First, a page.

Friday, January 8, 2016

'Grey Gardens' at the Southwark Playhouse, 7th January 2015

Grey Gardens explores a very special level of hell: family. Imagine being trapped at home forever, trapped in a decaying house with your decaying relatives and spiralling down down down into insanity, isolation and filthiness. What sets Grey Gardens apart is that its family are veritable A-listers of 20th century American aristocracy: the Bouviers (Jackie Kennedy being the most notable alumni).

In 1975, Albert and David Maysles released their direct-cinema documentary Grey Gardens, exploring the domestic lives of two upper-class recluses, a mother and daughter both named Edith Beale. The film explores the relationship between the women, living in squalor in athe titlular creaky, damp and dilapidated mansion. This place once hosted the creme de la creme of the East Coast social set, so audiences were shocked at the depths to which the former "girl who had everything" had sunk.

By 2006 the film had picked up a sizeable following in the gay community, leaving audiences spellbound by the forthright personalities, faded glamour and high camp. And so, it was adapted into a musical by Doug Wright, Scott Frankel and Michael Korie, to much acclaim. Now it finds it's way to London.

Translating a 'direct cinema' documentary into a musical is a steep challenge. The show tackles it by presenting a chronologically bisected narrative, the first act showing us the early 40s social pinnacle, with the second half digging deep into the 70s squalor.

Herein lies the core problem with Grey Gardens: the second half is ridiculously better than the first. I get what they're going for: ladling on pathos by showing us just how far these women have fallen and having them almost literally haunted by the ghosts of their glorious past. Theoretically this should work gangbusters, allowing us to tease out the origins of their mania and isolation.

In practice what you get is a lethargic, tension-free hour of musical theatre. We know exactly where this train is going and I was increasingly impatient to get there. Matters weren't exactly helped by the deeply tiresome queen-y caricature of George Gould Strong (Jeremy Legat). He's the older Edith's piano accompaniment and man-pet, but is apparently designed to deliver a steady stream of dusty innuendoes that lazily stand in for actual humour.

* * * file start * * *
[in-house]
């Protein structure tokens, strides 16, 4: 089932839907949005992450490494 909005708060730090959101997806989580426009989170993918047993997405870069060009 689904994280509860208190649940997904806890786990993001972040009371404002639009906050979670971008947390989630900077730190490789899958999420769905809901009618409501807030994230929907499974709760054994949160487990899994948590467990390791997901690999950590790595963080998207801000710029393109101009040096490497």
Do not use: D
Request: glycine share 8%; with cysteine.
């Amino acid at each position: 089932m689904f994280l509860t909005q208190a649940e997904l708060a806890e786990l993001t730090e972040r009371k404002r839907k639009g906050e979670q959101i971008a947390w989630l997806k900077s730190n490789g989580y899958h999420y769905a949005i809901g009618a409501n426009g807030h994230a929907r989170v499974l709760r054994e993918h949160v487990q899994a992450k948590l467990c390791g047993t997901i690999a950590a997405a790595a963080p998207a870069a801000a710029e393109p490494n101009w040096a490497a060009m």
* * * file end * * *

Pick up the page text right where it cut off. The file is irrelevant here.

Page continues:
Once we've got this achingly slow set-up out of the way, things pick up. Post-interval is the meat of the night, fuelled by the excellent double-act of Sheila Hancock and Jenna Russell. The duo fizz together, all bitchy insecurity and flights of delusional grandeur leavened with sadness and loss. Russell in particular is downright hilarious as Little Edie, behaving as if she's performing to an invisible audience, which of course, she is.

Russell stalks the stage with weirdly compelling confidence, making outfits that look like she's drunkenly stumbled through Oxfam work. In these scenes you see the reason for the material's devout cult following; it's easy to feel the magnetic outsider-tug as she deems her bizarre clothes "my revolutionary costume" and angrily kicks against her snobby Hampton neighbours.

Shoring up things are a marvellous set courtesy of Tom Rogers, you can practically smell the black mould on the walls. Haphazard piles of trash dot the stage; the aristocratic debris of tattered furniture, ruined chandeliers and a lifetime's worth of chintzy gee-gaws. Jonathan Lipman's costuming is also worthy of attention, again primarily in the latter half. Everything is frayed and ripped, the characters engaged in a futile scrabble to keep up appearances in the face of domestic entropy.

As the curtain falls, Grey Gardens stands out as a remarkably distinctive 'downer' musical. This is a story that can only end miserably, and in the final moments are a kaleidoscope of misery, suffocation and loneliness. As someone who occasionally has to suppress his gag reflex at super-syrupy musical happy endings, I appreciate these dollops of darkness.

I'd like to recommend Grey Gardens more than I can. The two Ediths are absolutely fascinating characters and this show portrays them beautifully. That, in combination with top-notch staging, performances and nice songs should make this a no-brainer. But then there's that desperately dull first half. 

In all honesty, my advice is to skip the first half and hang out in the bar until after the interval. You won't miss much.


Grey Gardens is at the Southwark Playhouse until February 6th. Tickets here.

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